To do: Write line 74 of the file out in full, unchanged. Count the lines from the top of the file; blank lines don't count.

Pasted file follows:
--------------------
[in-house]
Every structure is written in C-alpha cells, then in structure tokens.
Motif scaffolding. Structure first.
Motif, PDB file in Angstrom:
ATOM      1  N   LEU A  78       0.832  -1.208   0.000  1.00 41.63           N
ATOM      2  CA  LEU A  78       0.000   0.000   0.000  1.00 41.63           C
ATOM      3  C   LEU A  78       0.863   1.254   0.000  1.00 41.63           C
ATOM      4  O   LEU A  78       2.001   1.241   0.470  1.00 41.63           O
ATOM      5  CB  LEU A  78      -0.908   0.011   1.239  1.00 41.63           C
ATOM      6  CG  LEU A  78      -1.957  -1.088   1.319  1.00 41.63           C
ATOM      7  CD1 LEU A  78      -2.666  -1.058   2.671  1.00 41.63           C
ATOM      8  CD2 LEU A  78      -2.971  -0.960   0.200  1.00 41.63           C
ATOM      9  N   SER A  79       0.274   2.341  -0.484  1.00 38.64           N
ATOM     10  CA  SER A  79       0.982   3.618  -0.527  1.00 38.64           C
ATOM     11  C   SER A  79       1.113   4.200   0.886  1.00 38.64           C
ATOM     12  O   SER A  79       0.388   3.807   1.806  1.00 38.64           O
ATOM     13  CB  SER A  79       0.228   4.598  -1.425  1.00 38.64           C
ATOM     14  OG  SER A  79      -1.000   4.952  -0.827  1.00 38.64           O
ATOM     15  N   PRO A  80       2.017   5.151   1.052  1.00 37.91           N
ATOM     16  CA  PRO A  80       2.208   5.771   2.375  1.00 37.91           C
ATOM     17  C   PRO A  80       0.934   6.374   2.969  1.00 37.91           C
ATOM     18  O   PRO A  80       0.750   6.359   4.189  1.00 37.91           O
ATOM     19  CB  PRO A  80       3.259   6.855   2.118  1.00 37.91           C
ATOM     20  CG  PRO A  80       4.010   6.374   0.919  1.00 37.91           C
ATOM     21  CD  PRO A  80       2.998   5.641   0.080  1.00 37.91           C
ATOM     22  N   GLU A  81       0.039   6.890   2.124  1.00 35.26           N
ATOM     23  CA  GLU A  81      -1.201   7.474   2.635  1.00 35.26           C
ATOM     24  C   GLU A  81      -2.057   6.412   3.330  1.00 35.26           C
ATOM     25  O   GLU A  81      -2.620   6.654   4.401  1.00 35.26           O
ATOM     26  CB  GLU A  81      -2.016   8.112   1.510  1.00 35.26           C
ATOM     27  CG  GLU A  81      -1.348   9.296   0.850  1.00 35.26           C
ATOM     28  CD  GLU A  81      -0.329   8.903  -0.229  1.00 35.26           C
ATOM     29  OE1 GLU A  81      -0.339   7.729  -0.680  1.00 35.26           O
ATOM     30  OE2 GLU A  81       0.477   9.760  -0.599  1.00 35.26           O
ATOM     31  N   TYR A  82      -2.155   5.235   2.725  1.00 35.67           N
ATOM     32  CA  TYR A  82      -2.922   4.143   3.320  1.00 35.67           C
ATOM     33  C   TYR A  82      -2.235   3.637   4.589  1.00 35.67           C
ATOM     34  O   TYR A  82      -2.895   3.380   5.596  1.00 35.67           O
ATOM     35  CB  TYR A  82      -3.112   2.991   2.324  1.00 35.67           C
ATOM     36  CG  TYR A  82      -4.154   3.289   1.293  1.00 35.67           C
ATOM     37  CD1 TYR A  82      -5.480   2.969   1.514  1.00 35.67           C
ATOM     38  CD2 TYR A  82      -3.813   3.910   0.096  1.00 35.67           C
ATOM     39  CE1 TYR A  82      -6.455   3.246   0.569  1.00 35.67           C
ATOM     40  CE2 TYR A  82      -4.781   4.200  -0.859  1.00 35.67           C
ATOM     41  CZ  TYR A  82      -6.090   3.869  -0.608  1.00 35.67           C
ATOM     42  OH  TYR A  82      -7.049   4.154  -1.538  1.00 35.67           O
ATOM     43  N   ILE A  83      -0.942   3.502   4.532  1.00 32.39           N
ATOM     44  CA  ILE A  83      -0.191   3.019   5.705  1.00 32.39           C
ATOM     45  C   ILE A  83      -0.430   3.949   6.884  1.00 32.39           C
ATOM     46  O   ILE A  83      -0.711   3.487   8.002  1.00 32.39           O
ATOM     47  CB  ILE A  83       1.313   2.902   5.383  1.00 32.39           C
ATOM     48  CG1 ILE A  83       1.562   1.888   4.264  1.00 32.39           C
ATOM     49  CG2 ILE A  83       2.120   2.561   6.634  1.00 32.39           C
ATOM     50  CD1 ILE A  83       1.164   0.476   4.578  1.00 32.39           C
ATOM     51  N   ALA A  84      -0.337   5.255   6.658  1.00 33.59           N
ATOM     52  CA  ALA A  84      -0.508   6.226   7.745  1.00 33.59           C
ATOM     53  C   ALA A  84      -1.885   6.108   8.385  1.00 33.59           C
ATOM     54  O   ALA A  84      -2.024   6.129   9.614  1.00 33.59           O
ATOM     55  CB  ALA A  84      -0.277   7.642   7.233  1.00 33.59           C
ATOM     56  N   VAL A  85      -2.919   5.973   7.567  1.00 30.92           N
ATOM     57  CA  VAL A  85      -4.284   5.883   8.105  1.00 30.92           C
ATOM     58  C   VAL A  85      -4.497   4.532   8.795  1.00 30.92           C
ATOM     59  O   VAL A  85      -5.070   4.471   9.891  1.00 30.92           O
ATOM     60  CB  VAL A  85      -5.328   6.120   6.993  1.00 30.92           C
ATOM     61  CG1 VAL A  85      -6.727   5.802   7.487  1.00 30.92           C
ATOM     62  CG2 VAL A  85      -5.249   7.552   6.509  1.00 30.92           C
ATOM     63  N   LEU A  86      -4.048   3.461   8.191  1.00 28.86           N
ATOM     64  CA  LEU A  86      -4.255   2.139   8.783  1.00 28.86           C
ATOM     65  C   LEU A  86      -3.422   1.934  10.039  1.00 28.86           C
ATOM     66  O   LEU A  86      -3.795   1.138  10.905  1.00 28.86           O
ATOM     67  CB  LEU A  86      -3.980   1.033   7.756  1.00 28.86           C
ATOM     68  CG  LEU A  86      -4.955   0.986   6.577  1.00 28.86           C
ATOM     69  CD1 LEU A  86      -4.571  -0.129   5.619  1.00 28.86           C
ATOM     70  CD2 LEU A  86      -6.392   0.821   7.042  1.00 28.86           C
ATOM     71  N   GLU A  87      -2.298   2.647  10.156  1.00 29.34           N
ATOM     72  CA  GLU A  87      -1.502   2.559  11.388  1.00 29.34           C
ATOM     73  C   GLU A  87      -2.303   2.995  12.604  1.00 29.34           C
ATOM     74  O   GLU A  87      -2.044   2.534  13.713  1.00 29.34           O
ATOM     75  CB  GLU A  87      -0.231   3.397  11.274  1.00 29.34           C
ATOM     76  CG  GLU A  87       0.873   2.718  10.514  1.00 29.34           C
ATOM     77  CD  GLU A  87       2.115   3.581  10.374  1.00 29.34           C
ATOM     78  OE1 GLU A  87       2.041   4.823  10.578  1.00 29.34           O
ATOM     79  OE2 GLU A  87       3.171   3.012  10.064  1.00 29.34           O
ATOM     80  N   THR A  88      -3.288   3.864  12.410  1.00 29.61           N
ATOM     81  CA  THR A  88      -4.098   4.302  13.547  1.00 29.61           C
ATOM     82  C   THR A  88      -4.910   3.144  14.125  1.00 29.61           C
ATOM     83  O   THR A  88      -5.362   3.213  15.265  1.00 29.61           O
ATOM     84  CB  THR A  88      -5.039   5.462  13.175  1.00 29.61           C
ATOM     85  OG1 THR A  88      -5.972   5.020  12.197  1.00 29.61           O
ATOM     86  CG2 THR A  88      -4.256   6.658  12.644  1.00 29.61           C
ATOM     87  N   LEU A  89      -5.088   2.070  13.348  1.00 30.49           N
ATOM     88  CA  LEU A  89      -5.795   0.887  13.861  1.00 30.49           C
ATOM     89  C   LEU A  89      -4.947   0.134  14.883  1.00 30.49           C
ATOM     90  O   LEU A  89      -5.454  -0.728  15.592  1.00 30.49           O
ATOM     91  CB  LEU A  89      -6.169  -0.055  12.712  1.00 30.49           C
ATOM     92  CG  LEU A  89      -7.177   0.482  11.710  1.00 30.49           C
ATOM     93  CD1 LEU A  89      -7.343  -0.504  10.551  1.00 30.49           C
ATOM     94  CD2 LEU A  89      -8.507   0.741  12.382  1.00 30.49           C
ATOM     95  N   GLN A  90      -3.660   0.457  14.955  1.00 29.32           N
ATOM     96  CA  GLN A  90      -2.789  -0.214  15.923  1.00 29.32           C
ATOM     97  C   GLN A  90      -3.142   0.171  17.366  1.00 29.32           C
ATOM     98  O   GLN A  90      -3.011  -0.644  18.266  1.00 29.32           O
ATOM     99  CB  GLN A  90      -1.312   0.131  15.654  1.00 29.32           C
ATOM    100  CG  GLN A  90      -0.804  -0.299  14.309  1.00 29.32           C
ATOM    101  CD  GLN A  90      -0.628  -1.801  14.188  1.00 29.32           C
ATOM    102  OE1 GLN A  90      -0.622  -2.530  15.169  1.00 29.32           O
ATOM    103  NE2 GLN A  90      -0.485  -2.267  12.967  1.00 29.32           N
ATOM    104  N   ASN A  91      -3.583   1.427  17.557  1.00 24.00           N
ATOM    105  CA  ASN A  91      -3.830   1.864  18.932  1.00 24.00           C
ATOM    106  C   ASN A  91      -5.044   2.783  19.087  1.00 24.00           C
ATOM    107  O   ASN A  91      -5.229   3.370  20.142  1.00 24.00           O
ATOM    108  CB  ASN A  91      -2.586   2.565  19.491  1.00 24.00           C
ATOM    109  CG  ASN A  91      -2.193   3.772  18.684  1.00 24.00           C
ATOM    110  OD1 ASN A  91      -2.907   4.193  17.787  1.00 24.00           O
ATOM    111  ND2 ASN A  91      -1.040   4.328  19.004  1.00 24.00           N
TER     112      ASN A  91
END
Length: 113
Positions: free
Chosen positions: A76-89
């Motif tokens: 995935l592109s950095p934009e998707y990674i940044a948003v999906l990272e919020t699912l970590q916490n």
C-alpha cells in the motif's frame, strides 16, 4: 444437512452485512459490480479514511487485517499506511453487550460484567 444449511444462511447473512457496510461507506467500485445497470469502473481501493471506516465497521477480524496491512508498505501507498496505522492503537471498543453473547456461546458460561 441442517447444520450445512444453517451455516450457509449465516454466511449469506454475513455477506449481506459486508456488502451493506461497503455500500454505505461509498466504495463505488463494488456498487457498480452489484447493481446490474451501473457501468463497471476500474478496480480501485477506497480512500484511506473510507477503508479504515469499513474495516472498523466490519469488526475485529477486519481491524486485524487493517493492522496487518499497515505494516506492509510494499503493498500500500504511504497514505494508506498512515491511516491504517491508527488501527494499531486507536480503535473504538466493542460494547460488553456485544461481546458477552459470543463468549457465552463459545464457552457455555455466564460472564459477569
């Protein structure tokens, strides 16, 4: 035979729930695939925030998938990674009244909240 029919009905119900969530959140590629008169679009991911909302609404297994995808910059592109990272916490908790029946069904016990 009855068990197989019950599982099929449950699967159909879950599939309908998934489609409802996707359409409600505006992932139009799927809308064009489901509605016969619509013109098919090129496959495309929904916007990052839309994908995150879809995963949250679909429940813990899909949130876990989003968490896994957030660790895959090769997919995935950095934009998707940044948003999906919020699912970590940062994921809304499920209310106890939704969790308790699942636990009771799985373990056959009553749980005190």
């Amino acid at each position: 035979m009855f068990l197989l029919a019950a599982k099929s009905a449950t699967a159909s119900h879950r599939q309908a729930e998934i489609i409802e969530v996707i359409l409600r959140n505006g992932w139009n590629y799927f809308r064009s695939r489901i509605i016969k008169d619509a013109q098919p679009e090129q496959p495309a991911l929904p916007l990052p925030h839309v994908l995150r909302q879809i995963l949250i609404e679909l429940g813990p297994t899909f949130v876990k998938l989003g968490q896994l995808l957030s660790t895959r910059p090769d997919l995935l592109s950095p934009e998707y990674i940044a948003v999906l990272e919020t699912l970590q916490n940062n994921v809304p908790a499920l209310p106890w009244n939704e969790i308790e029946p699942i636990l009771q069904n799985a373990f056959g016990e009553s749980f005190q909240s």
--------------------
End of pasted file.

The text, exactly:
ATOM     70  CD2 LEU A  86      -6.392   0.821   7.042  1.00 28.86           C